The Key Number: Two Hours
The pivot point in the impeachment charges: two hours of silence.
I know that I am retreading ground that I wrote about a couple of weeks ago, but as I watch the Republican Party work mightily to talk itself into the notion that Trump does not deserve constitutional sanction for his actions on January 6, 2021, I say: two hours of silence.
To Senator Paul (R-KY), who downplayed the events of January 6th thusly on the floor of the Senate last week, I say: two hours of silence.
I want the Democrats to raise their hands if they have ever given a speech that says, take back, fight for your country. Who hasn’t used the words fight figuratively? And are we going to put every politician in jail? Are we going to impeach every politician who has used the words fight figuratively in a speech?
To pretend like that some standard political cliches is what is being dealt with by the article of impeachment is profoundly disingenuous. And anyone who wants to convince themselves that all of this is about fleeting fiery rhetoric, I give you the opposite: two hours of silence coupled with kind, soothing words.
Here’s the simple version (with even more detail below).
~2:10pm eastern time: live video of protesters with Trump flags and MAGA hats streaming into the US Capitol starts. Reports and video of violence and mayhem continue on TV, including a report of a shooting (video of the aftermath was tweeted out).
4:17pm Trump issues a video via Twitter telling the protesters to go home in peace. In that statement he sympathized with the insurrectionists, telling them, among other things (full text down below) that he “loved” them and that he understood them.
So, for roughly two hours the President of the United States did nothing to try and stop a mob flying and wearing his colors.
Any other president would have been on national television to try and talk down the mob. This should not be a partisan issue.
Consider the following.
Option one: if he didn’t want his supporters to attack the capitol, then he could have gone on TV and Twitter to tell them to stop (he did not do either).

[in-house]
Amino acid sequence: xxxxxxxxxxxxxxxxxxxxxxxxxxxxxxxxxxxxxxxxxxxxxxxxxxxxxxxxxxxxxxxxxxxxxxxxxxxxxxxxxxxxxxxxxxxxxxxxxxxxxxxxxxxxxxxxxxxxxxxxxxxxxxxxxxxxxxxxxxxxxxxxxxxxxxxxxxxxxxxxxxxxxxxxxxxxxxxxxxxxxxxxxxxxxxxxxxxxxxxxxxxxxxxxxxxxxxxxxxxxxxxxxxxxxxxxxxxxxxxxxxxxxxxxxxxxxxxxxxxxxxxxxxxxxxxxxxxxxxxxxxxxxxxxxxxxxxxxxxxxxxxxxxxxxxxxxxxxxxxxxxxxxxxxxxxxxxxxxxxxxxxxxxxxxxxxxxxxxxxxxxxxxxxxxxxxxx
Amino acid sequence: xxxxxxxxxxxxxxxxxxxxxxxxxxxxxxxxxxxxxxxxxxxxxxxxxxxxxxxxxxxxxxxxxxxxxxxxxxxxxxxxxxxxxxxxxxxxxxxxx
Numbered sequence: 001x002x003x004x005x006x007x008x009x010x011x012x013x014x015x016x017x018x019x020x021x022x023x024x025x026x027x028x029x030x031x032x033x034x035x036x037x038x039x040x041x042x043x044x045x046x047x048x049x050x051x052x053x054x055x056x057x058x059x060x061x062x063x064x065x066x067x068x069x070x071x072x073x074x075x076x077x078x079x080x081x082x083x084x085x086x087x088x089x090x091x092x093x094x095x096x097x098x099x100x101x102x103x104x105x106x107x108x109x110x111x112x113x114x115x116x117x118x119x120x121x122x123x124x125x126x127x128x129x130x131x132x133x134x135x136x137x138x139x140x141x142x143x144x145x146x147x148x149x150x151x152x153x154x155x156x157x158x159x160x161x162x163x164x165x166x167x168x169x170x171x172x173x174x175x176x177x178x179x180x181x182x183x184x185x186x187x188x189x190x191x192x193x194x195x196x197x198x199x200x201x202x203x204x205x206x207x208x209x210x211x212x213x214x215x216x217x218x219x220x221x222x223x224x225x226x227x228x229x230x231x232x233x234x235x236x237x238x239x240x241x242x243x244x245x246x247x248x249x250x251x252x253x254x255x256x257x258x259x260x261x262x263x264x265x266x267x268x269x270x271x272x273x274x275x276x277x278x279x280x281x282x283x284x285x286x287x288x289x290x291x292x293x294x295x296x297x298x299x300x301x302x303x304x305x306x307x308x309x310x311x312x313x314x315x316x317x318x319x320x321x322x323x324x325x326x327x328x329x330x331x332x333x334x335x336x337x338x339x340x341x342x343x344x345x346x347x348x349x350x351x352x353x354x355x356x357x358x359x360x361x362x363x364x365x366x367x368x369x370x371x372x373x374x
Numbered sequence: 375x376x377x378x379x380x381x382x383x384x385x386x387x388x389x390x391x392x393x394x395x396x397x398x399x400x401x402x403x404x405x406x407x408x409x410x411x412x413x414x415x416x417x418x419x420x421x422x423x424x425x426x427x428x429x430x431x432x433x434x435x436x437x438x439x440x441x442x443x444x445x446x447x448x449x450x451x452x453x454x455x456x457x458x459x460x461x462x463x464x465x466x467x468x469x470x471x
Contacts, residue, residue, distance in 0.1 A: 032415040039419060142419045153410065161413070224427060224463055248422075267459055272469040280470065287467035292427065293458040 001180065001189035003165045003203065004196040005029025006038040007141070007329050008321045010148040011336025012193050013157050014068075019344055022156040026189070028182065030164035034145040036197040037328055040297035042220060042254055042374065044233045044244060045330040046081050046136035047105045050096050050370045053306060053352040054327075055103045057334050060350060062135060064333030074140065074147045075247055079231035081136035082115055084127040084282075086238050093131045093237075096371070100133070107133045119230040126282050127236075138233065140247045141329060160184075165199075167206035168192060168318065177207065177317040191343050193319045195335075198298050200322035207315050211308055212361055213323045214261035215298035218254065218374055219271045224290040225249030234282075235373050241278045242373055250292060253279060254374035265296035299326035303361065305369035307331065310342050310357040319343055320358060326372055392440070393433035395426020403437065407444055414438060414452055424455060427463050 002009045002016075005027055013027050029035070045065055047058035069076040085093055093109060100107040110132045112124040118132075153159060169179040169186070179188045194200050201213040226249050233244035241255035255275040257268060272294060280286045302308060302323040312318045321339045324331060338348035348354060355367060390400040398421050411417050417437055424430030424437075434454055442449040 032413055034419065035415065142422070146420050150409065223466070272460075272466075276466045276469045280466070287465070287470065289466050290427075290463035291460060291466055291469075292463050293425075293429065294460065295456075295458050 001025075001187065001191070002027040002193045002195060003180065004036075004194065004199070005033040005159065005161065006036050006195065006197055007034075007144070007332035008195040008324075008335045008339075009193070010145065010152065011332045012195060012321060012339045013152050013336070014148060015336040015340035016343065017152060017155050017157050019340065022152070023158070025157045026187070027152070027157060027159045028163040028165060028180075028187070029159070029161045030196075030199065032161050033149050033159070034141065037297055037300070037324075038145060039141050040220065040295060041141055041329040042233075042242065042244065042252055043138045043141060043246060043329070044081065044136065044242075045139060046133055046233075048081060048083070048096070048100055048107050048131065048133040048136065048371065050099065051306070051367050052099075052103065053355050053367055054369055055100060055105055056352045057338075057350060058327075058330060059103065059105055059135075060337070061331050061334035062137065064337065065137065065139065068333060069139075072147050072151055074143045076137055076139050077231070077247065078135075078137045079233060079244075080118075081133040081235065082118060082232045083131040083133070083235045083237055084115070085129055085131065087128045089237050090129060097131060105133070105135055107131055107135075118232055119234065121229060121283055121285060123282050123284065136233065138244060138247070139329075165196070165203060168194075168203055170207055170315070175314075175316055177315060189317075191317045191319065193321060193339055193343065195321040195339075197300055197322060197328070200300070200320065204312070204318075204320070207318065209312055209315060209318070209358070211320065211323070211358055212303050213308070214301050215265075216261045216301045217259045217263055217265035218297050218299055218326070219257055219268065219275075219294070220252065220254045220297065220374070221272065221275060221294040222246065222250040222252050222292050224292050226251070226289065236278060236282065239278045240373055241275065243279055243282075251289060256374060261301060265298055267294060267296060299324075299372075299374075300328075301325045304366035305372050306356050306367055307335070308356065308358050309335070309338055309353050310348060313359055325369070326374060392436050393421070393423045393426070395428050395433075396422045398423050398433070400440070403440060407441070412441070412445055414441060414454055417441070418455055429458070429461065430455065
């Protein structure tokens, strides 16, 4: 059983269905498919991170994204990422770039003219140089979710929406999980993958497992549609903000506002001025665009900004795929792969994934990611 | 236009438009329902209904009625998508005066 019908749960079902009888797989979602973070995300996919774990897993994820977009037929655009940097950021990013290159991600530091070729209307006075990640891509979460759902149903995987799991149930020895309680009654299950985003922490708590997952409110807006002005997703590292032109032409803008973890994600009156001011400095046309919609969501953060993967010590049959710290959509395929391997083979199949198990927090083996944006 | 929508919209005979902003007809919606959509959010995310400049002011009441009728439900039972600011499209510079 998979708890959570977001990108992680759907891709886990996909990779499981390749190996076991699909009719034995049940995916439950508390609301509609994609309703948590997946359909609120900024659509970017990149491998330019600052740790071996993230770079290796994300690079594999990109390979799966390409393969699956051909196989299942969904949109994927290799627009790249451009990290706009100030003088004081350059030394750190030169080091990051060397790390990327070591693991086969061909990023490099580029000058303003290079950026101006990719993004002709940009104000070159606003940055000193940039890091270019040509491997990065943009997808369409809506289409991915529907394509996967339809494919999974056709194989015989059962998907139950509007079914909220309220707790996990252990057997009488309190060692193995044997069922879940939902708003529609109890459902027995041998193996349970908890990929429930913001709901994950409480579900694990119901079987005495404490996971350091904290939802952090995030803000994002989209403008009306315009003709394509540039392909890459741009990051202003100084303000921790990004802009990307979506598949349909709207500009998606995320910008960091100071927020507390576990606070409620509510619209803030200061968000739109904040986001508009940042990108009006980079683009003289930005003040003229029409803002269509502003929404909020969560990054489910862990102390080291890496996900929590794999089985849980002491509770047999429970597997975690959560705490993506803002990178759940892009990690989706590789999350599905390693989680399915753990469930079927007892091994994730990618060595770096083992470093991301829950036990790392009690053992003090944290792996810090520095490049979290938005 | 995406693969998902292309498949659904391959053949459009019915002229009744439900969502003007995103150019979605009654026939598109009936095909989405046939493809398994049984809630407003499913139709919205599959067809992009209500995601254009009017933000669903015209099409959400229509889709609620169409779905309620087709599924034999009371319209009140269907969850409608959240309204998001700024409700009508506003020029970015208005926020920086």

Option two: if he thought it was Antifa (or whatever version of that he wanted to assert), he could have gone on TV and Twitter and denounce the fake crowd and distance himself from it (he did not, and again, he said kind things about the mob).
He chose option three: watch it all on television while calls were being made to allies in the Senate to lobby them to vote against electoral slates.
What other explanation can their be than he was in support of what the mob did?
He watched (there is zero doubt he knew exactly what was going on).
He did not use the most obvious tools at his disposal to quell the mob (he did not use TV nor Twitter to communicate). And there was no immediate action to use federal law enforcement nor the National Guard to deal with the situation.
He never addressed the nation in any substantive way about these events. He released a few short videos. The US Capitol was assaulted, a police offer was killed by the mob, and others died as a result, the President of the United States couldn’t be bothered to address the American people.
He did have time, however, at 4:17 and later at 6:01, to validate the feelings of the insurrectionists.
6:01 p.m. Trump tweets a message to his supporters. “These are the things and events that happen when a sacred landslide election victory is so unceremoniously & viciously stripped away from great patriots who have been badly & unfairly treated for so long. Go home with love & in peace. Remember this day forever!”
I do not understand how anyone can defend this, unless one thinks that yes, the election was stolen, and therefore that violence was warranted against the US Capitol, the Congress of the United States, and the Vice President. If one is in that camp, then one has quit regular politics in support of violence and insurrection with all the implications that entails.
A more detailed version is as follows:
Insurrectionists carrying Trump flags and wearing MAGA hats, many (most? all?) of whom had been attending a Trump speech just prior, stormed the US Capitol on live television starting at somewhere between 2:00 and 2:15 eastern time. Not only does the reporting confirm this but I can confirm seeing live streaming myself at least by 2:15 eastern (I think I had the WaPo feed on mute on my computer as I was about to enter a video meeting at 2:30 eastern).
As the insurrectionists streamed into the Captiol, Trump tweeted (and later deleted):
2:24 p.m. Trump tweets criticism of Vice President Pence: “Mike Pence didn’t have the courage to do what should have been done to protect our Country and our Constitution, giving States a chance to certify a corrected set of facts, not the fraudulent or inaccurate ones which they were asked to previously certify. USA demands the truth!”
Keep in mind that it was clear that a huge number of the crowd had their phones. There can be little doubt some of those in the building saw this tweet. Also, keep in mind that Trump had told the crowd a little over an hour prior: